In the middle of these two are middle school and high school, each with varying degrees of memorization required to receive passing grades in class.

The reason I’m so concerned with this is because pointless memorization goes completely against my character.  I’d rather have access to a book internet filled with all the information I would ever need to know and reference it every time I need to know something.  If I wanted to learn a skill, I would take a class and practice that skill in a way specific to the subject that would most help me learn, remember, and enjoy myself at least somewhat while doing so.  I have done exactly that many times, and through the application of principles I’ve learned while doing projects, I’ve subconsciously memorized countless facts, tips, and lessons without complaint.  This is how I would like to learn everything – I would like to start out by doing as much as I can, whether it be reading, writing, observing, experimenting, or building, and then glean petty facts I find on the way.

What I don’t want to do is emulate a computer, and then be graded on how well my brain, the product of billions of years of evolution and a key part in the crowning creation of God, compares to a box filled with metal and plastic and which thinks in ones and zeros.

Yes, I’m writing this because I recently had a bad experience with just this phenomenon (and not for the first time either).  Yes, I can be to blame.  If I had studied harder, I probably would have done better on that memorization test.  If I had slept for more than two hours the night before, I probably would have done better as well (which reminds me, I still haven’t slept that off yet).  But would it not have been too much to ask to instead have me write a few paragraphs detailing the connections I made between points in the material I was supposed to have internalized well enough to mentally barf snippets thereof onto a piece of paper?  Some people may flinch at the sound of the word “essay,” but in this case I believe it would have served me better.  By requiring me to write, I would have to study the text more scrupulously, rather than simply try to guess the key words and names that would probably show up on a quiz.  I would have found more value in my pursuit of knowledge by writing than by memorizing.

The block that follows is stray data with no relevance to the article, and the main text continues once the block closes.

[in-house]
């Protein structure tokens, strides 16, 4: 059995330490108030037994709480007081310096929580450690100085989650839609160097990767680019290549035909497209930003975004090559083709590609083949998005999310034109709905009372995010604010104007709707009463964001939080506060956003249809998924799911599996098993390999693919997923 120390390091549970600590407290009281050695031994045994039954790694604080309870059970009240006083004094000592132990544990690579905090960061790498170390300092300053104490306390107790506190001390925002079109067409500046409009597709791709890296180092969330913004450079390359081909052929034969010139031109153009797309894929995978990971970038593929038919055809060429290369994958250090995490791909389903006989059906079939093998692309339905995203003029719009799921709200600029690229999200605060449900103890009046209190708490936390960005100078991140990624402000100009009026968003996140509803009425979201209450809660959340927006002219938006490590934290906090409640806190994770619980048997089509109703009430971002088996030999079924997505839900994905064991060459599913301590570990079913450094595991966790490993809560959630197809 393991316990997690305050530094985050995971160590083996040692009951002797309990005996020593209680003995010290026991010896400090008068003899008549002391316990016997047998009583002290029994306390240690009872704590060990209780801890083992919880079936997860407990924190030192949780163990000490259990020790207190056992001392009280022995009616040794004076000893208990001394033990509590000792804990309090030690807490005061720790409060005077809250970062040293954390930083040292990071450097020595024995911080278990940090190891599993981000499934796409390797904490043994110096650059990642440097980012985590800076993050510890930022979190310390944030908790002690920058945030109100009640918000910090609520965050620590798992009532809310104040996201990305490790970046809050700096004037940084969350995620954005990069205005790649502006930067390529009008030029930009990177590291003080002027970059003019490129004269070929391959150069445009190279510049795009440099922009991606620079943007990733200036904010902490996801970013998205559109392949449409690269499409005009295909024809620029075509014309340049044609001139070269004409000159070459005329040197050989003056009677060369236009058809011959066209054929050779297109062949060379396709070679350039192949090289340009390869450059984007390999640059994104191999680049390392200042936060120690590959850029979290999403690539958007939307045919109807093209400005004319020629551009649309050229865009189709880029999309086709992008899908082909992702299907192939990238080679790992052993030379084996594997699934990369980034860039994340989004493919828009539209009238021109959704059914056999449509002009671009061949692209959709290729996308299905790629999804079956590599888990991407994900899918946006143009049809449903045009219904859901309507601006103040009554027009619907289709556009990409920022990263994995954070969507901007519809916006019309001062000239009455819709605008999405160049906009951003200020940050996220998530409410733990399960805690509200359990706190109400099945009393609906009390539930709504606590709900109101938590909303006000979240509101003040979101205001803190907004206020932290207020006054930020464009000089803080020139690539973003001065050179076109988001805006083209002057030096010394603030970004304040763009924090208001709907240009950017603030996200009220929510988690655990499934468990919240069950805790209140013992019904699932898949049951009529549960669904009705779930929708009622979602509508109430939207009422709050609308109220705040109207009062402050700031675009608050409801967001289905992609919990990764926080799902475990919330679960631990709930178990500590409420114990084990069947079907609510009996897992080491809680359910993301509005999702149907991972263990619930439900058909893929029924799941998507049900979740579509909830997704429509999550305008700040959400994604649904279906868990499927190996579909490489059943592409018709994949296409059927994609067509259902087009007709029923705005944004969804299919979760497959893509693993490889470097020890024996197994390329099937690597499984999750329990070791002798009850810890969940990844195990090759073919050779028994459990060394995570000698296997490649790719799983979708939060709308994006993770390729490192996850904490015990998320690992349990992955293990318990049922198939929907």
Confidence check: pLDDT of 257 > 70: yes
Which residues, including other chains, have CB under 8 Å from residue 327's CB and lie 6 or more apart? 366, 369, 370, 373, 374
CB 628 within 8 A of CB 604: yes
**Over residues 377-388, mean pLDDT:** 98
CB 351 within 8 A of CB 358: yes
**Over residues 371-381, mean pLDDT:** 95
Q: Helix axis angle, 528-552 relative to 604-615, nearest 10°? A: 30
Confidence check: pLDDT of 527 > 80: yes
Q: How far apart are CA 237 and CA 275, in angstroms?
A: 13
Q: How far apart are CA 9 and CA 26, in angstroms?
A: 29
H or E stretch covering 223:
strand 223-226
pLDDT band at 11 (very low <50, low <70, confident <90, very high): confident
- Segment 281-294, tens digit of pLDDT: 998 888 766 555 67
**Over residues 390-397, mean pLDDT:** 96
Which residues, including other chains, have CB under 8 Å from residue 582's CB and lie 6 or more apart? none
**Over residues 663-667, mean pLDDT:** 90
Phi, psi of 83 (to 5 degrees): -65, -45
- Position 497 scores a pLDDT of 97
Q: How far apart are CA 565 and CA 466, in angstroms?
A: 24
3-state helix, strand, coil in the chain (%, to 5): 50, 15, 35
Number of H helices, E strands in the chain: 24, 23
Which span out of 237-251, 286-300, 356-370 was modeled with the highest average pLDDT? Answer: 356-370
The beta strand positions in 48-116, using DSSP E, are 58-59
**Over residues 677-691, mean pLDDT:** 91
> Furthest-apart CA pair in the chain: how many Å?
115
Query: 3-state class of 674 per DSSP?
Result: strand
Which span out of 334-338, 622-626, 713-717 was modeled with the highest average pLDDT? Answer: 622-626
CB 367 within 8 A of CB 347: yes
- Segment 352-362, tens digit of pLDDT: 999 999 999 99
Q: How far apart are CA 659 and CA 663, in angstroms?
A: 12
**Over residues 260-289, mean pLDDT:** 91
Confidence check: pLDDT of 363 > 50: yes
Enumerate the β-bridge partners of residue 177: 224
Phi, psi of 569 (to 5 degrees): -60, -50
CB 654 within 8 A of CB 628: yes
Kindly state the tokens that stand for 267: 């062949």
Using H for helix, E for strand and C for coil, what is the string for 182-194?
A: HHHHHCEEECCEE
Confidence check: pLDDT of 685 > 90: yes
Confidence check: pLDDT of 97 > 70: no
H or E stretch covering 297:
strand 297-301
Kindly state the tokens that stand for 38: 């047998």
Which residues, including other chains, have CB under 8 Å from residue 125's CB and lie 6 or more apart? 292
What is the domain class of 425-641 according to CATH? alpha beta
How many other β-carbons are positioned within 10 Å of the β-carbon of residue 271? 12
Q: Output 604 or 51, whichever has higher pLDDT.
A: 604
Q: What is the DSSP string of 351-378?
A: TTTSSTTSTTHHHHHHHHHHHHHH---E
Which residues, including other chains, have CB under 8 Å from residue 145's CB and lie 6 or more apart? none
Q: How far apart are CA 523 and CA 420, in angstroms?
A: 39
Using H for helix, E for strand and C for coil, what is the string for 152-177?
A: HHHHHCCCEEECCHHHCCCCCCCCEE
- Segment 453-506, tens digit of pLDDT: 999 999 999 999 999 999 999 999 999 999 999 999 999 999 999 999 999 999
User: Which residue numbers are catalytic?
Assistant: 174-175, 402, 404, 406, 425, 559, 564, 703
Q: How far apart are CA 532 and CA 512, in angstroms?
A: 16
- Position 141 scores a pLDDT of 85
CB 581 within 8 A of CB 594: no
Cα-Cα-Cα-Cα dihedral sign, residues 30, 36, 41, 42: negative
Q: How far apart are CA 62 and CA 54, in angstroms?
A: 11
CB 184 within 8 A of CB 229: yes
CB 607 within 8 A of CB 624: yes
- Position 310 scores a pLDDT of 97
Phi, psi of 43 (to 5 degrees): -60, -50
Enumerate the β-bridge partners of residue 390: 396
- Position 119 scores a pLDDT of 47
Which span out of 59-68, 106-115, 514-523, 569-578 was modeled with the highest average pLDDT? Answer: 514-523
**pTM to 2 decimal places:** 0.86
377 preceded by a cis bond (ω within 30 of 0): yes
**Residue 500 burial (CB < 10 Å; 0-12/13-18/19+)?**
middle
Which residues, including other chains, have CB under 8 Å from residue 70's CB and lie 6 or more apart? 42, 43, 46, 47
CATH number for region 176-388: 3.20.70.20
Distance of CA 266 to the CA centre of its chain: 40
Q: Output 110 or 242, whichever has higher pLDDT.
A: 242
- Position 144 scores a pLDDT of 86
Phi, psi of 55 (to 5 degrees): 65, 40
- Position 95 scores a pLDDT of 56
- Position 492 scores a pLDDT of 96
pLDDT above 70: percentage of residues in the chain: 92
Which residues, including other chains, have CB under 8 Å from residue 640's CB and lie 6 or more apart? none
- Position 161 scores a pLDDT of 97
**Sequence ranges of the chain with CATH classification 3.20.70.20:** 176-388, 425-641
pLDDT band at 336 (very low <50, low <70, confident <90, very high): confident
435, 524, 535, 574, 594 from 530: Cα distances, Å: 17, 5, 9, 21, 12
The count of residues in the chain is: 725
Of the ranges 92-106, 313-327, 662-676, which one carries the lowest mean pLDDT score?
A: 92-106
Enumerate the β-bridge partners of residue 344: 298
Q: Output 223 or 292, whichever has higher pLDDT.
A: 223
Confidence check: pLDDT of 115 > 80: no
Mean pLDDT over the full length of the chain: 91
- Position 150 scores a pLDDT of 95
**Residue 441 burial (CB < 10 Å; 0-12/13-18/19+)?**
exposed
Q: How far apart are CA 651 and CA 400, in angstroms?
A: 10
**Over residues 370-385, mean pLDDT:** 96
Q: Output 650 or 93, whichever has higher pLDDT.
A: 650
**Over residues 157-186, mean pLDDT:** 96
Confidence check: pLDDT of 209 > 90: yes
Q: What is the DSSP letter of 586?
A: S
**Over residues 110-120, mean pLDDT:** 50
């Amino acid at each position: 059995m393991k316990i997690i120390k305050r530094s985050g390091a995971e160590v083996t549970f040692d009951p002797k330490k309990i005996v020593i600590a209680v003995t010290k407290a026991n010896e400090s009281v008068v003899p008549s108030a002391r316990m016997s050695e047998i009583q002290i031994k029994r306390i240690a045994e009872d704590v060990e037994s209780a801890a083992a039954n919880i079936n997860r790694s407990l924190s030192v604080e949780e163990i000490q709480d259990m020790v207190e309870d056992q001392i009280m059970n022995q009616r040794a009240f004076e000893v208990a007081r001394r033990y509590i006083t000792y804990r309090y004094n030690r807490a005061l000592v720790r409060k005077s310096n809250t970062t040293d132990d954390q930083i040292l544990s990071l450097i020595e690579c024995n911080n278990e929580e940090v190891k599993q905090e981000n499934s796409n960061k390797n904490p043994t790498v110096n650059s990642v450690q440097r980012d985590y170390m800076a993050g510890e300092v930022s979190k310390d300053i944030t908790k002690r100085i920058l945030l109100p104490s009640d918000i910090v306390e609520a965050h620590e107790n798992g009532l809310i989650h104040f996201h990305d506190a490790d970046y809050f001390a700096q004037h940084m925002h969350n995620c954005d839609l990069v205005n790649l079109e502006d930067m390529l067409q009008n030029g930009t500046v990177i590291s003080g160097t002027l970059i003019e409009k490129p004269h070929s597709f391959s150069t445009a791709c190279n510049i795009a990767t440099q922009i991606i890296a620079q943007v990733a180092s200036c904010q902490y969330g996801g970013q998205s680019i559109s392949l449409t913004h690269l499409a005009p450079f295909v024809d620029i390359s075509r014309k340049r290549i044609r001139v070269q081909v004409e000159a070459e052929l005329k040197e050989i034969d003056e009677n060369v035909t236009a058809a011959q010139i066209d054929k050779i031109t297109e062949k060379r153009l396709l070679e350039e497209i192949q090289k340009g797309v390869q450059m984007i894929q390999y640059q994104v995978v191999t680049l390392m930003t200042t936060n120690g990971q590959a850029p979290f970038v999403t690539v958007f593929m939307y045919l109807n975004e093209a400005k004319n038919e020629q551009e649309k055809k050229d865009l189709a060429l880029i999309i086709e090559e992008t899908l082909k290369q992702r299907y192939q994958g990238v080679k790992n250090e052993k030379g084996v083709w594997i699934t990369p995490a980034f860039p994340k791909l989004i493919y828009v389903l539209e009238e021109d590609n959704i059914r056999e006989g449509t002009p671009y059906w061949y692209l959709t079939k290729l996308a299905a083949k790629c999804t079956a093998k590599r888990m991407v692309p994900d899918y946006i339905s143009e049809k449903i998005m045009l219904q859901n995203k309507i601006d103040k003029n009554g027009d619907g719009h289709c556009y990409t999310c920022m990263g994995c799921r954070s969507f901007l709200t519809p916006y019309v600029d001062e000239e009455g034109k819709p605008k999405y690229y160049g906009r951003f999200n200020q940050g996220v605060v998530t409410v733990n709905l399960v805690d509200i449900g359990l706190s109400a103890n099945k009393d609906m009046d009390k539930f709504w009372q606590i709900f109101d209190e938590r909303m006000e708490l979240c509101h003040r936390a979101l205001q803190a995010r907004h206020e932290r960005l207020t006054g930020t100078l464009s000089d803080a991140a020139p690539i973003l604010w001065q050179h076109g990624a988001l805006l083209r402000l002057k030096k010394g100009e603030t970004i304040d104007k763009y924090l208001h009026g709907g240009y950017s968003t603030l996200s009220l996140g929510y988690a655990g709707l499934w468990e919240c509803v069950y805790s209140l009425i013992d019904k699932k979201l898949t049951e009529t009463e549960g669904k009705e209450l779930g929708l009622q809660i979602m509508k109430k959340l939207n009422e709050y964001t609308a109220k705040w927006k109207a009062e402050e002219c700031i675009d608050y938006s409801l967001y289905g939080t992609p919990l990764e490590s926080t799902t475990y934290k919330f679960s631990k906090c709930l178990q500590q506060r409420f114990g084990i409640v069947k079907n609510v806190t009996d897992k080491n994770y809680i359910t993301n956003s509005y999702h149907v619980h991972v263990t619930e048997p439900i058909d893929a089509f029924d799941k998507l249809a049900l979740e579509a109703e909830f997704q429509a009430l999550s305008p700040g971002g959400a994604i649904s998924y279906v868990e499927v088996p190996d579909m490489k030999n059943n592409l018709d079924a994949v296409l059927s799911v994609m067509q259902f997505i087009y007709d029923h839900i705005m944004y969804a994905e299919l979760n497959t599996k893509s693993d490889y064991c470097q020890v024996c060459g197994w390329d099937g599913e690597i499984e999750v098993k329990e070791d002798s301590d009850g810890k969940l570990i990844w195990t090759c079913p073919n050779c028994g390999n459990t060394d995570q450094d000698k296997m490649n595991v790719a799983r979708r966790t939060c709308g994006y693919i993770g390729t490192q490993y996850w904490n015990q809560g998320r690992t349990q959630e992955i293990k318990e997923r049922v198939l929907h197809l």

“But wait!” you say, “Why don’t you just do that yourself?”  Well, I have motivation problems.  The only reason I do most of my assignments and study is because the class requires it.  I rarely ever do any more than is required, unless I really enjoy the assignment (such as in classes that involve computers or creativity) or if extra credit is involved.  I’m sure other people have similar motivation problems too.  These can be solved so easily if our teachers would just realize they should change their methods.

You know what?  Maybe I should actually talk to the guy.  Even if he doesn’t change it for the whole class, perhaps I can convince him to allow just me to complete an open book short answer quiz instead of the usual multiple guess assessment.  Again, some people may hate that idea and prefer the quiz (perhaps they like memorizing and we need to customize the learning experience rather than globally change it) but I’m willing to see if I can do something to improve my perception of self-worth.  If I remember, I’ll let you know in a few days how it goes.